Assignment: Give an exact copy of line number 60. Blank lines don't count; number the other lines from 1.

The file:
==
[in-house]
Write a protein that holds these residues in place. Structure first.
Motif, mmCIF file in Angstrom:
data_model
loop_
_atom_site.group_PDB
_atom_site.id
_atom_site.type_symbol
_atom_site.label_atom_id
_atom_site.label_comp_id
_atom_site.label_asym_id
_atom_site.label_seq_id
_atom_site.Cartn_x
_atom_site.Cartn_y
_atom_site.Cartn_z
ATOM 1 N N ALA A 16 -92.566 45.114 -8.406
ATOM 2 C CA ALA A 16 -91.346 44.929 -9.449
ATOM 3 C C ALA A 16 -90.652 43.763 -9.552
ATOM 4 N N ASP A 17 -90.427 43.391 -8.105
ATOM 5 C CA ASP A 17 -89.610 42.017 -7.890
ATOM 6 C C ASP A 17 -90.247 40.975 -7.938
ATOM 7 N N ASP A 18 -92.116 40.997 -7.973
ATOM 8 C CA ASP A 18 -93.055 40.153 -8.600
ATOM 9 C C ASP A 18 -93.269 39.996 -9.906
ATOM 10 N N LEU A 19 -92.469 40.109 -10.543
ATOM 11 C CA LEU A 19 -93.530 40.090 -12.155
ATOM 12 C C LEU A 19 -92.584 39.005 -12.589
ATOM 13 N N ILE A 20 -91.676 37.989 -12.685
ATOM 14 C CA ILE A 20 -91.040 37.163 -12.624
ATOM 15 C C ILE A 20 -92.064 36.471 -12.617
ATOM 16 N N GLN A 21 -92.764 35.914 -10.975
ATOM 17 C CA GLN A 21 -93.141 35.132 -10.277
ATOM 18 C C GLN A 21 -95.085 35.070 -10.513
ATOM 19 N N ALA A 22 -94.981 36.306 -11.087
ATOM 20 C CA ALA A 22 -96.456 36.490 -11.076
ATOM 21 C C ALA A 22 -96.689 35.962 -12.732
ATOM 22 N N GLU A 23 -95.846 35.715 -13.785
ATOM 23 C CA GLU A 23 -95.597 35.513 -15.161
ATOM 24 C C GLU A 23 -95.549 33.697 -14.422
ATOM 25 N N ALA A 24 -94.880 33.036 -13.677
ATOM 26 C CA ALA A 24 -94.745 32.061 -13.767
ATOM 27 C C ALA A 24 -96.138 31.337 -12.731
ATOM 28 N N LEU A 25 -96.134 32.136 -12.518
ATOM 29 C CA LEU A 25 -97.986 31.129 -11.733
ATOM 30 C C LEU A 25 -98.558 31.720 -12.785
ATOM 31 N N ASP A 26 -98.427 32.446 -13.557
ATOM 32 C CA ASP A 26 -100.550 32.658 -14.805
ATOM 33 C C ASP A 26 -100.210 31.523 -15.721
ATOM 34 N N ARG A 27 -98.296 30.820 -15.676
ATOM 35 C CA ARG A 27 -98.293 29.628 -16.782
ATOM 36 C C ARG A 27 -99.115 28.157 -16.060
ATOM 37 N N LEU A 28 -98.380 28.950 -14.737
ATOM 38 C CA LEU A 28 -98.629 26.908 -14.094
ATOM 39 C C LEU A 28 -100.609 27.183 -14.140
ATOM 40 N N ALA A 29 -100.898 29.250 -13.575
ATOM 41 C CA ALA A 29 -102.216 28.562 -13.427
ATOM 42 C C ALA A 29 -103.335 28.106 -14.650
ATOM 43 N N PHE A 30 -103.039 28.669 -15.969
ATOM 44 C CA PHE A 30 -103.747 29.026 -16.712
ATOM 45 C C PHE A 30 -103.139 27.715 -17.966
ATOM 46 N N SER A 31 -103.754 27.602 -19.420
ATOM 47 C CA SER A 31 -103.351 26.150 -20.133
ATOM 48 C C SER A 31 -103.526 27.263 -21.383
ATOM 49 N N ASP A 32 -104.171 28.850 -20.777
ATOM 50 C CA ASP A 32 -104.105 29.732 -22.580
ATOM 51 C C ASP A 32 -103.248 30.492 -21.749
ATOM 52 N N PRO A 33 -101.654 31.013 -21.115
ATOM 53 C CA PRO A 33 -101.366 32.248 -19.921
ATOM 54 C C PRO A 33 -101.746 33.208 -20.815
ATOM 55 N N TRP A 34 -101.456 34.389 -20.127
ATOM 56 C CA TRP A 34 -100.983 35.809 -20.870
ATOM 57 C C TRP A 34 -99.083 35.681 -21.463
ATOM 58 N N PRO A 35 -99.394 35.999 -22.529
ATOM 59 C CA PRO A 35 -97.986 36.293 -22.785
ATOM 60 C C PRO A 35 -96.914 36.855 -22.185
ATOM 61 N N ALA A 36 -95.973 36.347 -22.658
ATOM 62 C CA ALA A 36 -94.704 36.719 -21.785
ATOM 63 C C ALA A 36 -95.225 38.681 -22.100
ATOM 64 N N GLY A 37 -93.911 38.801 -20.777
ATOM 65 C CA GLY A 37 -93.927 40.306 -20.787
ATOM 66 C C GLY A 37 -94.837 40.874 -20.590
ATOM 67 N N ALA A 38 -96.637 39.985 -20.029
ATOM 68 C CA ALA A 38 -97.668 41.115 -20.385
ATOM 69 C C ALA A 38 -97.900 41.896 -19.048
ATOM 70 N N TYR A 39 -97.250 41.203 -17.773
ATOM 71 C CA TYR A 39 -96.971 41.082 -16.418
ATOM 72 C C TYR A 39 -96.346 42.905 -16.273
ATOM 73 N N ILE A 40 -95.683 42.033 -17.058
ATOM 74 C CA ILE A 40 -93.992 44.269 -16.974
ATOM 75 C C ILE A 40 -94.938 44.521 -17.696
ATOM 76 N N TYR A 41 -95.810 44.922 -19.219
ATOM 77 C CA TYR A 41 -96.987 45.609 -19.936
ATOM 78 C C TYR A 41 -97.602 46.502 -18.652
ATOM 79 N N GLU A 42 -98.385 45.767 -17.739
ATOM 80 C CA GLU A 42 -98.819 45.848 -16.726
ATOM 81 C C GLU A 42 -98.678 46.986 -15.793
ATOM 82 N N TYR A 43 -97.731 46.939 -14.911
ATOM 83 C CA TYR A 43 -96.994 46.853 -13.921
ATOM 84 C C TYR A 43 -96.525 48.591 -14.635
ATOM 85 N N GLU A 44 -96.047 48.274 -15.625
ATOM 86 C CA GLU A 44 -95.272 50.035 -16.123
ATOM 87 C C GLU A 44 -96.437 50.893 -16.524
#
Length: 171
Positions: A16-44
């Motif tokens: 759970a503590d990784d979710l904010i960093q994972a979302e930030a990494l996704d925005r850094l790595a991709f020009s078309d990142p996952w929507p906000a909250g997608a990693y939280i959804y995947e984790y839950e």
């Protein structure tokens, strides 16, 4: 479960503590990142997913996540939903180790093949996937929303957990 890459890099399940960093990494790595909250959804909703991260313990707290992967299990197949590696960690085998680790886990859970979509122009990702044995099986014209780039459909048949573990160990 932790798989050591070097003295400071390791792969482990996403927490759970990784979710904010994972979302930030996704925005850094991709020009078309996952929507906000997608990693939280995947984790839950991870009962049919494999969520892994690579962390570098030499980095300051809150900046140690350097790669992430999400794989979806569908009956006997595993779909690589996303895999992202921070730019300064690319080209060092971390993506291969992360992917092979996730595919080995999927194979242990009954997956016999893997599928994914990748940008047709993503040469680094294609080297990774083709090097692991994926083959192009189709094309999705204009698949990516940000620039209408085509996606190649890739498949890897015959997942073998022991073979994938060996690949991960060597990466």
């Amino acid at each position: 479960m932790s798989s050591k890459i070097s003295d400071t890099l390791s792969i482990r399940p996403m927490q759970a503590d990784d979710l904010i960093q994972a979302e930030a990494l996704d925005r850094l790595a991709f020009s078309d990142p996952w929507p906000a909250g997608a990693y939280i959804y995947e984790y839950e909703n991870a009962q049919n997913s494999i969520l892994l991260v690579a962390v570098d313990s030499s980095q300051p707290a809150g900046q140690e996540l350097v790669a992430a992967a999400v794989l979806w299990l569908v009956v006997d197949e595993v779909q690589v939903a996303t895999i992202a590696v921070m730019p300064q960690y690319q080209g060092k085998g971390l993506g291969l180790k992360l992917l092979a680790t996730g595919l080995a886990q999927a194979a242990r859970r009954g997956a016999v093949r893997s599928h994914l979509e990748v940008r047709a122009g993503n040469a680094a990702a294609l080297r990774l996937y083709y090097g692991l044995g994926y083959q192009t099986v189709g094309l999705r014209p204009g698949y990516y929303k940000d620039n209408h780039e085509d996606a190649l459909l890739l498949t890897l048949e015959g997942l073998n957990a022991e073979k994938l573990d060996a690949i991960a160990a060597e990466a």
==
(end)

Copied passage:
ATOM 45 C C PHE A 30 -103.139 27.715 -17.966